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In a bid to spread its technology even wider around the industry Divx company has allowed numerous makers of portable and non-portable digital media players, game consoles, high-definition video players, mobile phones, cameras as well as numerous other equipment to enable Divx codec support on their devices. Today it is the turn of TV-sets.

It is not a secret that modern TV-sets pack quite a lot of computing power in order to decode high-def TV streams encoded using H.264 codec. However, there are very few TV-sets capable of content playback from the Internet or USB. Two major manufacturers of high-definition TV-sets – HP and LG Electronics – said on Wednesday that certain of their HDTVs are now Divx certified and can playback appropriate content without a player or set-top-box directly from an USB memory stick or the Internet.

“The company has extended its ecosystem into digital televisions with over 80 models certified from major brands such as LG and HP that allow consumers to easily play back their content via USB storage devices that plug directly into the televisions. Various models also enable content to be streamed directly from Internet services,” a statement by the company explains.

The announcement by Divx is hardly surprising. Earlier this year Advanced Micro Devices and Divx agreed to work together to achieve DivX certification for specific AMD Xilleon processors that power set-top-boxes and HDTVs. Besides, Divx is also working with such chip providers as Chips and Media, Broadcom and Trident in order to enable Divx playback on HDTVs and STBs. Further market penetration of Divx certified devices will considerably popularize not only the codec itself, but also video content downloaded from the Internet, or created using Divx certified camcoders.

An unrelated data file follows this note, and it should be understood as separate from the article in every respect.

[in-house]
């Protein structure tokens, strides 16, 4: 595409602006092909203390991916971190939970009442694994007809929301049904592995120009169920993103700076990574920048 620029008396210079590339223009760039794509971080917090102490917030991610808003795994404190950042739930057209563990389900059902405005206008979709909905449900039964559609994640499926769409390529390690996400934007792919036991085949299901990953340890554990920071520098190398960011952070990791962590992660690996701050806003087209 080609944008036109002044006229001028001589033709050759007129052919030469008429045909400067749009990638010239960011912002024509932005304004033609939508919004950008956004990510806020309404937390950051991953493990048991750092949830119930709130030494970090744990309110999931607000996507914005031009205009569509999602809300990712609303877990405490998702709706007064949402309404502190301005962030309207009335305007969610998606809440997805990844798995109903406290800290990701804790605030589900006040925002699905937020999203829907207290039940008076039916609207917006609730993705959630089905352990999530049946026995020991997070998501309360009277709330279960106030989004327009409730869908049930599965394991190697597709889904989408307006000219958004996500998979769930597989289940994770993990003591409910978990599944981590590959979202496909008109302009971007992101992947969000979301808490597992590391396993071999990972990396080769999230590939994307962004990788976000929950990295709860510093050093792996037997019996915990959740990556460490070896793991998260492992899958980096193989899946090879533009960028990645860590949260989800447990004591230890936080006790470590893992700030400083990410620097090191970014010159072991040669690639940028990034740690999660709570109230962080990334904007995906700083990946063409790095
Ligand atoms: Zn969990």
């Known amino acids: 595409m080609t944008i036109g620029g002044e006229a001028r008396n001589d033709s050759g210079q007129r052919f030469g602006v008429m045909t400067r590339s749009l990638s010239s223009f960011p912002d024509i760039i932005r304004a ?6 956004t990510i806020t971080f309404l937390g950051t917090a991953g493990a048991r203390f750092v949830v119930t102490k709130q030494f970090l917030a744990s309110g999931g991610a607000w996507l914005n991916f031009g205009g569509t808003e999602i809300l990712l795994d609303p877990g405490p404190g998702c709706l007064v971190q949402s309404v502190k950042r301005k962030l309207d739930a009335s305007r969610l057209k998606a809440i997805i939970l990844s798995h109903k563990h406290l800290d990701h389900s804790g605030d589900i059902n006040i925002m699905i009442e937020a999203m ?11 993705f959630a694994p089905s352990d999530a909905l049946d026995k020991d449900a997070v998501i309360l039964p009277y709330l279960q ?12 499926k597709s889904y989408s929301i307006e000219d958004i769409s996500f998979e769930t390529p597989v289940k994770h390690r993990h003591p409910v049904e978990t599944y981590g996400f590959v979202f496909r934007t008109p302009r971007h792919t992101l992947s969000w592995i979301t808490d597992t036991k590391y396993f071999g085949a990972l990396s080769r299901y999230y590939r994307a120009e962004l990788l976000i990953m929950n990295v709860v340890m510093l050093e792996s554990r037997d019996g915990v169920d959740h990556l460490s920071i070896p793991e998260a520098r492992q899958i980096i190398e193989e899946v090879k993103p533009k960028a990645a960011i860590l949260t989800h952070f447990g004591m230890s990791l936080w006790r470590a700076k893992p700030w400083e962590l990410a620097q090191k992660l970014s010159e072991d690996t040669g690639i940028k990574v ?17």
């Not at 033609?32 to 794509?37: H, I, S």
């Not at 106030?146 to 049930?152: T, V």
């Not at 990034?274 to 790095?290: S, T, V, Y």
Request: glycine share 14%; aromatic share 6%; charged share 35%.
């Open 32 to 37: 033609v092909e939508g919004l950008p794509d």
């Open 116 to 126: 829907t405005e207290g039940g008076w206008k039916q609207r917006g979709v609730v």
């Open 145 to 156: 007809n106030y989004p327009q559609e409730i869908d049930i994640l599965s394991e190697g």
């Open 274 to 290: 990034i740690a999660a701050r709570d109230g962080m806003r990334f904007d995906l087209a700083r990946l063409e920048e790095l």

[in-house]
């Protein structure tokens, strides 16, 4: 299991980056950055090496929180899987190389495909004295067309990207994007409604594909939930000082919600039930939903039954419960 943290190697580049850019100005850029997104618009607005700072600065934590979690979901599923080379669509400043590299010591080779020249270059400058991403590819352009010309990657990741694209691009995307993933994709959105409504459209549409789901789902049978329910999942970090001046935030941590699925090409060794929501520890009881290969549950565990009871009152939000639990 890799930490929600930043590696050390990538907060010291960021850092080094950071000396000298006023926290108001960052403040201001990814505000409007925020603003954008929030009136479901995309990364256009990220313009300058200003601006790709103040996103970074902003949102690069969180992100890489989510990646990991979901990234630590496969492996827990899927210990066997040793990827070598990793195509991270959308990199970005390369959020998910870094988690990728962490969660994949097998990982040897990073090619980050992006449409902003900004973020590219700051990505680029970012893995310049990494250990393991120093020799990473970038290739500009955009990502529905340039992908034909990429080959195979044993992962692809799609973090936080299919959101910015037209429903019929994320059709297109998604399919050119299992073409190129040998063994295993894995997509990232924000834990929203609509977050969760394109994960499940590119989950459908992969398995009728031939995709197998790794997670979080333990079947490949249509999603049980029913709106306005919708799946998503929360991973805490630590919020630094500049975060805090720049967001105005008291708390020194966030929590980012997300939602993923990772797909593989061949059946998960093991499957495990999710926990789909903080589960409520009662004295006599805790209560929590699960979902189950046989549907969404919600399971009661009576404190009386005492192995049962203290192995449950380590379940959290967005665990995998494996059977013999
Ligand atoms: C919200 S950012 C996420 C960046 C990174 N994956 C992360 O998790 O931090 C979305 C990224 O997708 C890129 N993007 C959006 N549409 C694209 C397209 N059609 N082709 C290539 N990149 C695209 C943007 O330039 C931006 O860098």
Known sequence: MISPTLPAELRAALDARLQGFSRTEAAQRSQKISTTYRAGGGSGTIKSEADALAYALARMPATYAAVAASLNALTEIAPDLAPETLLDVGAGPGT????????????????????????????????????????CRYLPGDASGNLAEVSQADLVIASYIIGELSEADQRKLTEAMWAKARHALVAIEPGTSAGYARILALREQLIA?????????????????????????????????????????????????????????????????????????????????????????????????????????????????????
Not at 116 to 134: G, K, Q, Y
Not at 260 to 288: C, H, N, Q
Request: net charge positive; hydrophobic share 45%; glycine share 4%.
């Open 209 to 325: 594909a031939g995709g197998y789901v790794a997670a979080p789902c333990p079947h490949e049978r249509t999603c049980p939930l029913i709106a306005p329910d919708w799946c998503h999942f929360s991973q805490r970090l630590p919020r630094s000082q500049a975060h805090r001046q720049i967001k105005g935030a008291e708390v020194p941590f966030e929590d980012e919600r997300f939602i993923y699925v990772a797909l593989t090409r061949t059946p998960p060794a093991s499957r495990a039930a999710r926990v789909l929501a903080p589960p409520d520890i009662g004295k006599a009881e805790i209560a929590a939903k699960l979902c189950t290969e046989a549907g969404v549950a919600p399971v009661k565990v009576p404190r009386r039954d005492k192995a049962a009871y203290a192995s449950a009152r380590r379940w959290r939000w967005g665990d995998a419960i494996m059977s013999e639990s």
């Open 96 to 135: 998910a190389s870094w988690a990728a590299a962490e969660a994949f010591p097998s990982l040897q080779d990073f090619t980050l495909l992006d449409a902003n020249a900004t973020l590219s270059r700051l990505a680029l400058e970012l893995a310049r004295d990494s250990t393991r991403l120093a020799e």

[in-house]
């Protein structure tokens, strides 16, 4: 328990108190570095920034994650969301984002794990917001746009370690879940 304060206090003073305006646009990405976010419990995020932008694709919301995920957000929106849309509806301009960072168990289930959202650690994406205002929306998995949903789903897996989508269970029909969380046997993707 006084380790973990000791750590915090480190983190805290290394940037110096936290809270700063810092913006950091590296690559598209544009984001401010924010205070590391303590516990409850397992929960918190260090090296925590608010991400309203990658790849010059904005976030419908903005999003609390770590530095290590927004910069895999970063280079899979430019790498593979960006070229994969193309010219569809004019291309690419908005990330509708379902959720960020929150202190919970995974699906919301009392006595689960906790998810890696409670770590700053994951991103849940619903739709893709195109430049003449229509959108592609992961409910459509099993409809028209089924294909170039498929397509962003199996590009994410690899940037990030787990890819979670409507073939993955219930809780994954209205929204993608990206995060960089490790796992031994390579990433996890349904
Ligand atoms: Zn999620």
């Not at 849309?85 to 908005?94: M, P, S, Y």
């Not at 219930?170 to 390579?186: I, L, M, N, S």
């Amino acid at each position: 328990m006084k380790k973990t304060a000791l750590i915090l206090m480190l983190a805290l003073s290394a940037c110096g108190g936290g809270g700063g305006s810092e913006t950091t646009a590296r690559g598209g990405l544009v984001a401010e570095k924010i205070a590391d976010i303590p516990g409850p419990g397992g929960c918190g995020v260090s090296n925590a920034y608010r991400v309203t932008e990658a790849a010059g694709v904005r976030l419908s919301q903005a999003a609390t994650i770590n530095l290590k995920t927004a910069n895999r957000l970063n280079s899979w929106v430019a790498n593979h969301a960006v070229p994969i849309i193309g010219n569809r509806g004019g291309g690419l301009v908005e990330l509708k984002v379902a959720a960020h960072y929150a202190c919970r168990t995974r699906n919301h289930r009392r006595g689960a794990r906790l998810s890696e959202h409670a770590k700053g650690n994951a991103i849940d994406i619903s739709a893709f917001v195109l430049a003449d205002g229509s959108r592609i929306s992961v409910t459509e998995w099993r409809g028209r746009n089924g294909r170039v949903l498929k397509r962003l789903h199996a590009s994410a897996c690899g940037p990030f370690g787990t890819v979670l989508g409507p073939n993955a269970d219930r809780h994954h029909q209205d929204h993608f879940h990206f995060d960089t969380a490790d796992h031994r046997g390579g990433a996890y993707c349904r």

At present there are two HDTVs from HP and LG listed at Divx web-site.

The DivX and its brother XviD formats are used to distribute copyright protection-free movies typically by the Internet and usually without content producer approval. Both codecs are based on MPEG 4 ASP and offer balance between video quality and file size.

“The market for televisions is changing rapidly as entertainment is increasingly consumed through digital formats and consumers begin to look for solutions that connect their living room with a high-quality digital experience. Given its steady adoption rate within this market, DivX is well positioned to capitalize on this shift and secure a significant share of the business,” said Kurt Scherf, vice president and principal analyst at Parks Associates.

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